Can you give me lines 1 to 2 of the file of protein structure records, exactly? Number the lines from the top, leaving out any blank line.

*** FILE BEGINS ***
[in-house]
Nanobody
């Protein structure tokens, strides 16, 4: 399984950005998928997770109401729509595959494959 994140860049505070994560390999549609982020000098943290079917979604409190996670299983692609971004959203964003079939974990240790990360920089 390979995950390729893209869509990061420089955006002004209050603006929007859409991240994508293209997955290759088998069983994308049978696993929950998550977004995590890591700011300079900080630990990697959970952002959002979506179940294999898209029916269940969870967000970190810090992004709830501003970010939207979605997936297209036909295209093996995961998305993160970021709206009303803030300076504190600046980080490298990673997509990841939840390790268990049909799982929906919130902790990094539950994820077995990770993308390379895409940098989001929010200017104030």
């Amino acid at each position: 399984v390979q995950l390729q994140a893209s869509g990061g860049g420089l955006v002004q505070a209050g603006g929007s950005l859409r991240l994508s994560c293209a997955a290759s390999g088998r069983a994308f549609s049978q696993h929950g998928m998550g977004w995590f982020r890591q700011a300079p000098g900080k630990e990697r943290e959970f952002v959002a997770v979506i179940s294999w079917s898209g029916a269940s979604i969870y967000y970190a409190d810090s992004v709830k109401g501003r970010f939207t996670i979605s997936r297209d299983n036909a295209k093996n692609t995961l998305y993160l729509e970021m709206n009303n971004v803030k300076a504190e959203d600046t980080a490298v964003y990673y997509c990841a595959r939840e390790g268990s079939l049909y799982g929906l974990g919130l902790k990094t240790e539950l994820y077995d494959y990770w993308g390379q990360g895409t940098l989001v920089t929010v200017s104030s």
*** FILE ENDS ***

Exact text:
[in-house]
Nanobody